Associate Dean for Digital Infrastructure, Applications and Services; Head of Open Source Programs Office
Johns Hopkins University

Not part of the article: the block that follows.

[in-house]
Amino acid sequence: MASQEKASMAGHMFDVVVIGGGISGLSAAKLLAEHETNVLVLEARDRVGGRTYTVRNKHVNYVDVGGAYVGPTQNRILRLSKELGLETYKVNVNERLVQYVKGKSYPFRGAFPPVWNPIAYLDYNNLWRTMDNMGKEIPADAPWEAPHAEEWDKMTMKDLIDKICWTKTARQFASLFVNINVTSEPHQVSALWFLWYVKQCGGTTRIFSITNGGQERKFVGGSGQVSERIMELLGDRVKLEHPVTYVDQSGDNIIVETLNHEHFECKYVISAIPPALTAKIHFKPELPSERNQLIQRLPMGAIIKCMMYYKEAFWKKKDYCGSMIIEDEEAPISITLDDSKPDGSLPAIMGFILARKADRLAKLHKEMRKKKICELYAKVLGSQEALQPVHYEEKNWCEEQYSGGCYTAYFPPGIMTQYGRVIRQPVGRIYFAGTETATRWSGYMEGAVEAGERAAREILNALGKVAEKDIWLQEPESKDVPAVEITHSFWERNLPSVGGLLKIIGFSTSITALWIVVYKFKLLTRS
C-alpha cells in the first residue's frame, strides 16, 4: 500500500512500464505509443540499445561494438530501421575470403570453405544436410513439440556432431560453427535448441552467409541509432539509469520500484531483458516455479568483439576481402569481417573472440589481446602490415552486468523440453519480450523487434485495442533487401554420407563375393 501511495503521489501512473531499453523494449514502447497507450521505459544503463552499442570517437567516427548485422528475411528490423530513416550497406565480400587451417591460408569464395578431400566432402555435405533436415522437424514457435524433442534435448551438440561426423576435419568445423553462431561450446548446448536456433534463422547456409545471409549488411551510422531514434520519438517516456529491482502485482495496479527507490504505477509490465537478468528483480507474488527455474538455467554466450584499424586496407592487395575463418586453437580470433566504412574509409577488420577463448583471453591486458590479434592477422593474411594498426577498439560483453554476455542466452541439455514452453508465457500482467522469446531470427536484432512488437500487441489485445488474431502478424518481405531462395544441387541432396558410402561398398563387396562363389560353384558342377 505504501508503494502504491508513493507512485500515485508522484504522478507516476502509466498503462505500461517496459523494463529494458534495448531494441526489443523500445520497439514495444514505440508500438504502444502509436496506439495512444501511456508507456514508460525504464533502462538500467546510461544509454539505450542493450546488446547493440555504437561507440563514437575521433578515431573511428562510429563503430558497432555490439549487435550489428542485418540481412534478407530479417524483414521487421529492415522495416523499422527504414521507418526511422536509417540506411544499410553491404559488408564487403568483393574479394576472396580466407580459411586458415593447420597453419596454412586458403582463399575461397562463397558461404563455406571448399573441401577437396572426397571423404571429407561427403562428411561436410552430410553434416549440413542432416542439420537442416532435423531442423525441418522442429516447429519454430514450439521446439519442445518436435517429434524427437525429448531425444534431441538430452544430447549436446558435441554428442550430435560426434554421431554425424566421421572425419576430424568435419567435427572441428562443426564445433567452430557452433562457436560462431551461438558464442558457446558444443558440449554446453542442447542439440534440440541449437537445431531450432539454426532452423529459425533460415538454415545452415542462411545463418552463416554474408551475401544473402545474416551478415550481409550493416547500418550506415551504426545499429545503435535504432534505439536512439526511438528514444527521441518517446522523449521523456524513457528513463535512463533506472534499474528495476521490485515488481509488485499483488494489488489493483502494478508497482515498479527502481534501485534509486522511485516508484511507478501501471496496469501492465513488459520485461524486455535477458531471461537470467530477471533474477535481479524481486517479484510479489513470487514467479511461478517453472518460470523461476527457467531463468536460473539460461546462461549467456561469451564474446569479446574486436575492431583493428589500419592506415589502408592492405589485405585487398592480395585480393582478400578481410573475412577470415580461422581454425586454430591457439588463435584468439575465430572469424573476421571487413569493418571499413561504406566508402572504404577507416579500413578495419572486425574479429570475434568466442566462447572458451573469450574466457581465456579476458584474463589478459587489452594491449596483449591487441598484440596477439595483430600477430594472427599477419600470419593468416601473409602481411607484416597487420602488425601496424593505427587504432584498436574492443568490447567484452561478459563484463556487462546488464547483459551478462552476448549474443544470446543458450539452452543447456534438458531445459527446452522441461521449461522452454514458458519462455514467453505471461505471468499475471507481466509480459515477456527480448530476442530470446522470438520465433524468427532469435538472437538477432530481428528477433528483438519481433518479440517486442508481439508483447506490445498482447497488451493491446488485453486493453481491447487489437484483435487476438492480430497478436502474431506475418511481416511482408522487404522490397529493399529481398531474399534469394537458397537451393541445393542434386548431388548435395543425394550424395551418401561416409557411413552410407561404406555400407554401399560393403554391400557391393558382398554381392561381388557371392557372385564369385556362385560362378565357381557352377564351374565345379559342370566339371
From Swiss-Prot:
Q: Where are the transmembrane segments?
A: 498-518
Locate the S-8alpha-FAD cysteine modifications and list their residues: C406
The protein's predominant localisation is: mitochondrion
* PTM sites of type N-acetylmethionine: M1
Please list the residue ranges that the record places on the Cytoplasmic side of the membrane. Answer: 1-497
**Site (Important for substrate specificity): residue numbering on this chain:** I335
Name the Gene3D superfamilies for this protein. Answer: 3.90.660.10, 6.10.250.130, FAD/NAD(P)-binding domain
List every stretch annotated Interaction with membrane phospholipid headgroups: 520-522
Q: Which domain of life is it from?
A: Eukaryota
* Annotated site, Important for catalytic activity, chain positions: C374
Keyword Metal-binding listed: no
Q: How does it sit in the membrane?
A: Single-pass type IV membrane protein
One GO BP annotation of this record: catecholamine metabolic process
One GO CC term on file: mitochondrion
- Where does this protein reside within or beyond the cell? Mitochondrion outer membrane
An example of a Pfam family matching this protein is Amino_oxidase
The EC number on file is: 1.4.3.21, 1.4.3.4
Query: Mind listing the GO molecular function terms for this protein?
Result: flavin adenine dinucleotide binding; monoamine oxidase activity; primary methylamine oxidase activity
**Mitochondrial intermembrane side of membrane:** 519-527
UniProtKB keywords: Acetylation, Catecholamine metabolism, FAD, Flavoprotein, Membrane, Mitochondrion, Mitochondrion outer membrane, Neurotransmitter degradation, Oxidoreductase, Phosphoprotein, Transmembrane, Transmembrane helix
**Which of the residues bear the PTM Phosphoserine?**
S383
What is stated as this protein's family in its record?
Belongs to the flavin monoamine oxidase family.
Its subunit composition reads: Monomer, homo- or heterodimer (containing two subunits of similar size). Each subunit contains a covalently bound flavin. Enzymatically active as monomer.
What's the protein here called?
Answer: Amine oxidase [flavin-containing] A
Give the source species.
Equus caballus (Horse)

Johns Hopkins has launched the first US university-based open source programs office or OSPO. Several companies have Open Source Program Offices (OSPOs) to manage their internal engineering practices, license choices, risk mitigation, etc. Hopkins OSPO has expanded upon this corporate OSPO model to treat open source software as a primary research object. By doing so, the OSPO has created new relationships for the library with research administration, technology transfer, and the University community of open source developers and users. Perhaps most importantly, the Hopkins OSPO has created new forms of education, partnerships and impact. Examples include semesters of code, a Black Digital Humanities Project, support for a health informatics community, a FOSS (Free and Open Source Software) Contributor Fund, and a partnership with the City of Paris to expand upon an open source municipal services platform for a local community center in West Baltimore. Through the OSPO++ community, Hopkins led the effort to augment the draft National Academies toolkit on open code and software, which now includes a recommendation to create 20 OSPOs throughout the US (matching a recent recommendation by the European Commission).